Showing 40 posts tagged surface
If at first you don’t succeed…
Charles Arthur explains this well in plain English:
Despite the brave top-line numbers, Microsoft’s Windows business is actually hurting. Surface isn’t contributing much yet, traditional PC sales are sliding, it doesn’t have a tablet competitor yet (though Klein said clearly that it will have a “smaller” competitor – aka a rival to the iPad mini – soon enough), and the only thing really keeping everyone smiling is upgrades from businesses facing the wall of XP’s end of life.
All of this is masking the inevitable.
Though I do have to give props to Microsoft for putting the Surface hardware under the Windows Division. Devices obviously generate far more revenue than software. And even though sales haven’t been great, this is a pretty good bottom-line mask. For now.
Update: From Ian King & Dina Bass’ story for Bloomberg:
Microsoft has sold little more than a million of the Surface RT version and about 400,000 Surface Pros since their debuts, according to three people, who asked not to be named because sales haven’t yet been made public. The company had ordered about 3 million Surface RTs, they said. Brent Thill, an analyst at UBS AG, had initially expected Microsoft to sell 2 million Surface RT devices in the December quarter alone.
Microsoft is taking steps to turn around the tepid demand. The software maker is trying to rejigger its marketing for Surface RT, said two of the people familiar with the company. Microsoft executives have said internally that they failed to persuade some customers to choose Surface over Apple’s iPad or Samsung’s tablets, which run on Google’s Android software, one of the people said.
Marketing. Good luck with that.
Good stuff from Tom Warren for The Verge. This, in particular, sticks out:
The exact timing of Surface development is still a mystery though, and Panay refused to comment whether the iPad was available before work started on Surface. The official timing statement is that the Windows 8 design vision was locked before the iPad and that Apple’s tablet validated a lot of the vision for Microsoft’s new operating system.
The idea totally just came to them out of thin air. I’ll quote Marc Andreessen from a couple months ago:
There’s a pattern in our industry. Apple crystallizes the product and the minute Apple crystallizes it, then everyone knows how to compete.
Steve Ballmer, talking to MIT Technology Review.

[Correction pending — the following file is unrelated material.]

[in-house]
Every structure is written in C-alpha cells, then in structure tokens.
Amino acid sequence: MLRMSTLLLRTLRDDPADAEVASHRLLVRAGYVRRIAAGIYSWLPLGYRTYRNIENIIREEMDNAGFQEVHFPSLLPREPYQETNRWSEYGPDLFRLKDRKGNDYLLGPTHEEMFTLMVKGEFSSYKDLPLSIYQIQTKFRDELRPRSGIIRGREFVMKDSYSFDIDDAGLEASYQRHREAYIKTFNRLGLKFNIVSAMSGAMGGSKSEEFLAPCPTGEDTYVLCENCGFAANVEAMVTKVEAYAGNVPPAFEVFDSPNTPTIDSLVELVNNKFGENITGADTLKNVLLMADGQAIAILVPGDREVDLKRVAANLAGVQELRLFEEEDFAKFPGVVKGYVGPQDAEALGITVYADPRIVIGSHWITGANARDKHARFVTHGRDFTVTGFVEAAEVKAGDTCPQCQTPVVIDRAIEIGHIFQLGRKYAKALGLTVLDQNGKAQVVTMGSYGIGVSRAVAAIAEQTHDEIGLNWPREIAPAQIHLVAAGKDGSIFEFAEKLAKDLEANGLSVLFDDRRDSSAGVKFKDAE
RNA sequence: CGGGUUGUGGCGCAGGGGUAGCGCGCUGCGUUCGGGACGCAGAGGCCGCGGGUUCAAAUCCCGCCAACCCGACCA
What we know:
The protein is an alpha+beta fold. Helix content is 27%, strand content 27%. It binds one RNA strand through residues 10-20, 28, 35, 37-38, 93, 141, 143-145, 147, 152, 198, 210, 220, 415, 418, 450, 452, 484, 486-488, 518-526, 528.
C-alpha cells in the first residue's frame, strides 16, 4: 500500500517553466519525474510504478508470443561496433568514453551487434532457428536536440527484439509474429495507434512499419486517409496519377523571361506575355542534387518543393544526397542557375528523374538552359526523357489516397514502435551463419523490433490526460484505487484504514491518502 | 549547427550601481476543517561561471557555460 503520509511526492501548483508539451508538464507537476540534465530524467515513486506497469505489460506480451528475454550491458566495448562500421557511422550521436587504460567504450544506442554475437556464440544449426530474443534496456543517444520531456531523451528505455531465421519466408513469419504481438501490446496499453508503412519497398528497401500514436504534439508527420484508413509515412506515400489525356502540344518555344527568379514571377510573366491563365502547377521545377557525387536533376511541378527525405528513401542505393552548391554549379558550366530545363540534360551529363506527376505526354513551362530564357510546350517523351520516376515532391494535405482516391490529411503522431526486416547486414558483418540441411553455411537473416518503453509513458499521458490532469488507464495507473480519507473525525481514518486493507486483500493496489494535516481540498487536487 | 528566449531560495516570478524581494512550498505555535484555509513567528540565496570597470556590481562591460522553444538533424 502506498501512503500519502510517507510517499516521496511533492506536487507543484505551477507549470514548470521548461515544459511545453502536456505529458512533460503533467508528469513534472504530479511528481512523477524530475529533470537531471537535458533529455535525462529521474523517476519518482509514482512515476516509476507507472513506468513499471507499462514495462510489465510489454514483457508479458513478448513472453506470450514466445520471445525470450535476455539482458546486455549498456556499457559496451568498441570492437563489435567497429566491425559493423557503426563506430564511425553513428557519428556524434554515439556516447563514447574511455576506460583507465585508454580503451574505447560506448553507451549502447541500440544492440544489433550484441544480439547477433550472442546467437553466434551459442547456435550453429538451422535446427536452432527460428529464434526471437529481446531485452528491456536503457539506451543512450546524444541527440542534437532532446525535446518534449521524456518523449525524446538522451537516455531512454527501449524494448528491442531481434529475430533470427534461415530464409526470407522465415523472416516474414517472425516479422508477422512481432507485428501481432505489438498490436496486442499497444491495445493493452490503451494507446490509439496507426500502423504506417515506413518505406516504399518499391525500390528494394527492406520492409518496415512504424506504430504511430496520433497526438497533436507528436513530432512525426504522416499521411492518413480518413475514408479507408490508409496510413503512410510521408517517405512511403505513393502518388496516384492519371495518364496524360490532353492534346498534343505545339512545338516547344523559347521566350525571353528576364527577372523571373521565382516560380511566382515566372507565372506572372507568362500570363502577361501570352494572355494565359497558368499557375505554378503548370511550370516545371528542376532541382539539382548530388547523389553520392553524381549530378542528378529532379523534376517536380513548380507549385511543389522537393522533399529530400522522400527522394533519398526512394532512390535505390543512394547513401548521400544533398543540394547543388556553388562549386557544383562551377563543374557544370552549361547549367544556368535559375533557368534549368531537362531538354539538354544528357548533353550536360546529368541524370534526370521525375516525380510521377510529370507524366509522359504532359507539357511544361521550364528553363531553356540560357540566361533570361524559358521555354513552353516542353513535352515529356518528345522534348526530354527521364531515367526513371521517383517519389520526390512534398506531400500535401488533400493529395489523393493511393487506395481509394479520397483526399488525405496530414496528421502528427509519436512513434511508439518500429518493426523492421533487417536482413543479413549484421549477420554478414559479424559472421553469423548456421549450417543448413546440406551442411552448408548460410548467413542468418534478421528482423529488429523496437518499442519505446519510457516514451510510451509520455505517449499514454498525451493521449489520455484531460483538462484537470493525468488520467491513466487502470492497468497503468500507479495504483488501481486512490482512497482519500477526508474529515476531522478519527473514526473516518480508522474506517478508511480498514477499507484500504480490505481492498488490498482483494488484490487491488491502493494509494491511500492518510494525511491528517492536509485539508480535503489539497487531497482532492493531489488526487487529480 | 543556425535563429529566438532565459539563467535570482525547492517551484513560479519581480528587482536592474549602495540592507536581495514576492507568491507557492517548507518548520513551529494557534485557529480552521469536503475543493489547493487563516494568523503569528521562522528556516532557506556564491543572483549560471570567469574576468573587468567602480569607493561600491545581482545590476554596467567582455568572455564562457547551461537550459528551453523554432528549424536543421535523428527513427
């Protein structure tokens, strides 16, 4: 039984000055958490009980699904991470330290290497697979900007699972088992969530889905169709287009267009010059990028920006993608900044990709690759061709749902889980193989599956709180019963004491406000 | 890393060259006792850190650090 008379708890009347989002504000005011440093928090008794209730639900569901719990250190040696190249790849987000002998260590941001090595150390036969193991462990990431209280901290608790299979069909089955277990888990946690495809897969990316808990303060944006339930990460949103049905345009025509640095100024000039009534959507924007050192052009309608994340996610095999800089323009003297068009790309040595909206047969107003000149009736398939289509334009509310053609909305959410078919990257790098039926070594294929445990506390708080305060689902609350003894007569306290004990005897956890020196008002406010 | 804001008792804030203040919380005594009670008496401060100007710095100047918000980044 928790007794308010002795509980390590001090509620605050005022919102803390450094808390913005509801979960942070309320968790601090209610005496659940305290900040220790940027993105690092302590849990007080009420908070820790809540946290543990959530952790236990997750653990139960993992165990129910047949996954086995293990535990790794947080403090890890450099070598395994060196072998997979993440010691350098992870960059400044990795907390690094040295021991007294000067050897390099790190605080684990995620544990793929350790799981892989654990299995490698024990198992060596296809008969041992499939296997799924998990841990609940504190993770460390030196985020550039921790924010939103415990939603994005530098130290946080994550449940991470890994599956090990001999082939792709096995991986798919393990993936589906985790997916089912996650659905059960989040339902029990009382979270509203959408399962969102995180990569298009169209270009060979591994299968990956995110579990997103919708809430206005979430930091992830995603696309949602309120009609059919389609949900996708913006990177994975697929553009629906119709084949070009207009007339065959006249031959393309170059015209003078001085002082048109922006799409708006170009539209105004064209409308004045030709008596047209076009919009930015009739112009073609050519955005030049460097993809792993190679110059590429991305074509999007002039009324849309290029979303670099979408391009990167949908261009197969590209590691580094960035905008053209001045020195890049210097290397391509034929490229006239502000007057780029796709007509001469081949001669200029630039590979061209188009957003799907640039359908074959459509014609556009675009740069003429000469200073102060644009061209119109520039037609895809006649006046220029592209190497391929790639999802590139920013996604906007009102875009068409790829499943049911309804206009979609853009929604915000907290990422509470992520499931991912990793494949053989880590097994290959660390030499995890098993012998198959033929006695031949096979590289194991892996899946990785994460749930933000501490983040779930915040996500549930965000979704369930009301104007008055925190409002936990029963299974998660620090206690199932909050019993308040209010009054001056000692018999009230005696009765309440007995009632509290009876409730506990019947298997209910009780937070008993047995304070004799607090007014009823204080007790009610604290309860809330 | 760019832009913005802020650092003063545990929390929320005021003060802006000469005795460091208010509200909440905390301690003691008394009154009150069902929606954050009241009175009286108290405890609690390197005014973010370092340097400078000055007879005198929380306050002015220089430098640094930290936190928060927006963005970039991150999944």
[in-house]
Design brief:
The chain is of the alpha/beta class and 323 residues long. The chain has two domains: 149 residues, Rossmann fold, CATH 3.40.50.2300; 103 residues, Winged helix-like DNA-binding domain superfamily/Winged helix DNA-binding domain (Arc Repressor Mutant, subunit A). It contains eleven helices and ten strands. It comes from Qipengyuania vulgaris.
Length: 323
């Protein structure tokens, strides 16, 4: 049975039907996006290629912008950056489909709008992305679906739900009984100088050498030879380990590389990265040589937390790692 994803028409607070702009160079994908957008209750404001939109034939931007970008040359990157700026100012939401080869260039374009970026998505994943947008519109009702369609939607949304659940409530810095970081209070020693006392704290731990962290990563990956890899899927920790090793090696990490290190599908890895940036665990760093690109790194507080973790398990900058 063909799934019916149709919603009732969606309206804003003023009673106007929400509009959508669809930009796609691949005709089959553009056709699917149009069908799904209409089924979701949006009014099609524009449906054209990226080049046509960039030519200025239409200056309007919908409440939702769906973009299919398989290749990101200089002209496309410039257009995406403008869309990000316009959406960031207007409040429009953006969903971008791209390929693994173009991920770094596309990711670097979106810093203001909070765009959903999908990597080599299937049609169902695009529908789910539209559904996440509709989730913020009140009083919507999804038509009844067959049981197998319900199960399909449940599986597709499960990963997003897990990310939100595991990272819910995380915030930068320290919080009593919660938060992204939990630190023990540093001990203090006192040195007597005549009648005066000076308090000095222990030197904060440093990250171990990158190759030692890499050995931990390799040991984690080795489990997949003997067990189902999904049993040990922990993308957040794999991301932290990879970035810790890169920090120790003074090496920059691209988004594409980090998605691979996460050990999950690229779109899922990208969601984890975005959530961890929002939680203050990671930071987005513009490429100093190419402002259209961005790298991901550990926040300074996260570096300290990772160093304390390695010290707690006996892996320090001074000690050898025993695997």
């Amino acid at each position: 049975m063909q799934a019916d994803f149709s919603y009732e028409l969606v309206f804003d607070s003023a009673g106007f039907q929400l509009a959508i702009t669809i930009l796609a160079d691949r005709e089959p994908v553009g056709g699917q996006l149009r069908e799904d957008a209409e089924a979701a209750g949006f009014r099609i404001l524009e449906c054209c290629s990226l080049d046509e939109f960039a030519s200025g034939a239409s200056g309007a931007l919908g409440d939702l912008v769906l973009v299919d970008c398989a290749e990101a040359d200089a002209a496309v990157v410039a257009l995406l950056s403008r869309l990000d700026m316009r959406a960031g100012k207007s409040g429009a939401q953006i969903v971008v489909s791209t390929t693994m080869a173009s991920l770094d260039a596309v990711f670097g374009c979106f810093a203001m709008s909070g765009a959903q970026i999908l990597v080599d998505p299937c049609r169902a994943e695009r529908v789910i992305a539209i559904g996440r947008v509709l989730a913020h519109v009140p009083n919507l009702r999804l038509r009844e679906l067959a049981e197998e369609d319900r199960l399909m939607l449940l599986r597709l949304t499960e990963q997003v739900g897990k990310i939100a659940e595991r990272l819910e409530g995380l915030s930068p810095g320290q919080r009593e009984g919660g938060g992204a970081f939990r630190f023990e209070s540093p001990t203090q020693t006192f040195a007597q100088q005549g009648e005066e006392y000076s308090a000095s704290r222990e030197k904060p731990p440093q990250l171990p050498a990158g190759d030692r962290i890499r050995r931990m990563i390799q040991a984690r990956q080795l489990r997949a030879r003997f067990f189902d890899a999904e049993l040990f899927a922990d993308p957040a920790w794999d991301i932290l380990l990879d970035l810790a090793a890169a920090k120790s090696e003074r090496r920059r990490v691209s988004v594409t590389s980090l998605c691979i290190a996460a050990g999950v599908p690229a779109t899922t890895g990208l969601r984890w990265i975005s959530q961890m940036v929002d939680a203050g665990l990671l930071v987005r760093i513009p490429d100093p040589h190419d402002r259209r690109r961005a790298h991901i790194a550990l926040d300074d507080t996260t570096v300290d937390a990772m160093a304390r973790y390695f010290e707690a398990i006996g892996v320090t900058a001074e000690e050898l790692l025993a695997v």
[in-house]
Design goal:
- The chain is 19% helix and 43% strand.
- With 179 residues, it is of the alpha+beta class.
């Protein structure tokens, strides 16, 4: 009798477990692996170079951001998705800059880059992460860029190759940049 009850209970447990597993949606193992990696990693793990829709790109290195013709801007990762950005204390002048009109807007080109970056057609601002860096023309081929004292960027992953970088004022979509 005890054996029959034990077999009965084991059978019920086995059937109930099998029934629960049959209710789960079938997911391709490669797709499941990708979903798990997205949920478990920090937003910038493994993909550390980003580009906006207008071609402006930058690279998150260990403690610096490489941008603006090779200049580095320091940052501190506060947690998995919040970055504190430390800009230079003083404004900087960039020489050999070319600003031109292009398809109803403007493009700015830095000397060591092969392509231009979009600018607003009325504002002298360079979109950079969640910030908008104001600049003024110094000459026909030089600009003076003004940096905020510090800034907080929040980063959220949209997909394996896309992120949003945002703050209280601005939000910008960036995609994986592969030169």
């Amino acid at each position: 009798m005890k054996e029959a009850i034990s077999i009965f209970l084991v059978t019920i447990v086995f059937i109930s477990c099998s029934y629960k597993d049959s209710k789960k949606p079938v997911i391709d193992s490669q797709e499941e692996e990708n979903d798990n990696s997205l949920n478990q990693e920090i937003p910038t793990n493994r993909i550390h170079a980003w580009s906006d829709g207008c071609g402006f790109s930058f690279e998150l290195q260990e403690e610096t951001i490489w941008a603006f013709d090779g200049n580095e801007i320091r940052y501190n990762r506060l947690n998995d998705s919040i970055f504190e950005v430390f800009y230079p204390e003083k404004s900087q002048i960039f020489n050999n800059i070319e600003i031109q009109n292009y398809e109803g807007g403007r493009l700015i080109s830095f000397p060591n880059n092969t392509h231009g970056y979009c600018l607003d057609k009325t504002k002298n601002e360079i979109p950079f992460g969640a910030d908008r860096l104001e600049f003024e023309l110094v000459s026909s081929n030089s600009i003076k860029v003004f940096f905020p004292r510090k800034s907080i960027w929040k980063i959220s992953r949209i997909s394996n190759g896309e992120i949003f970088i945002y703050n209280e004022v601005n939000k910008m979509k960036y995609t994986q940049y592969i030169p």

Also, read the question — it’s a non-answer.
A lot of gems here. Like:
All new consumer PCs are now Windows 8 based. So in that sense, I would say that here the adoption rate is perfect.
That’s one way to look at it. And:
Oh, I don’t know. Our number one thing is supplying products to consumers. That’s kind of what we do.
So. Many. Quotes.
Now the Microsoft Surfaces make sense. One’s for play and work, while the other… wait.
photo via Jonathan Hoover
So much fail here. I honestly don’t even know where to begin. So I just won’t.
Austin Carr for Fast Company looks back at the project that started as “The Netflix Player” but was eventually spun out into the Roku box/company:
It was December 2007, and the device was just weeks away from launching. Yet after all the years and resources and talent invested in the project (a team of roughly 20 had been working on it around the clock, from ironing out the industrial design and user interface to taking trips to Foxconn to finalize production details), Netflix CEO Reed Hastings was having serious second thoughts. The problem? Hastings realized that if Netflix shipped its own hardware, it would complicate potential partnerships with other hardware makers. “Reed said to me one day, ‘I want to be able to call Steve Jobs and talk to him about putting Netflix on Apple TV,’” recalls one high-level source. “‘But if I’m making my own hardware, Steve’s not going to take my call.’”
In hindsight, good call.
But ultimately, Wood says, “It was totally the right decision. Licensing [digital content] has been hugely successful for Netflix. [The Netflix Player] would’ve created tension with partners, and increasingly decisions would come up where Netflix would have to decide, ‘Should we make decisions based on what’s best for licensing, or what’s best for our own hardware?’”
Sounds eerily similar to the dilemmas that both Google (with Motorola) and Microsoft (with Surface) now face, no?
Whomp! (There it is.)
Horace Dediu, noting that Microsoft’s major problem going forward isn’t necessarily that Windows 8 is a dog, it’s that the entire economic structure of the computing market is changing:
The economics of tablets imply a “commoditization” of system and application software. So what’s Microsoft to do?
The answer is Surface where the software margin is captured in hardware. This explains the pricing of Surface. The price isn’t significantly below what Apple charges because Microsoft wants to capture a comparable (30%+) margin. On a $500 product that amounts to $150. After subtracting hardware operating and distribution costs we can get pretty close to the $120 it currently obtains from a PC.
Detwiler Fenton, a Boston-based brokerage firm, said in a research note today that Microsoft is likely to sell just 500,000 to 600,000 Surface RTs in the December quarter, far below its previous expectation of one million to two million. The reason: Microsoft’s tablet strategy is in “disarray.”
“Lack of distribution is killing the product,” Detwiler Fenton explained. “Mixed reviews and a [$499] starting price tag certainly don’t help, but lack of retail exposure at Best Buy and others is severely depressing sales.”
Yes, I’m sure Surface is a failure because it’s not at Best Buy. It can’t just be because it’s a turd.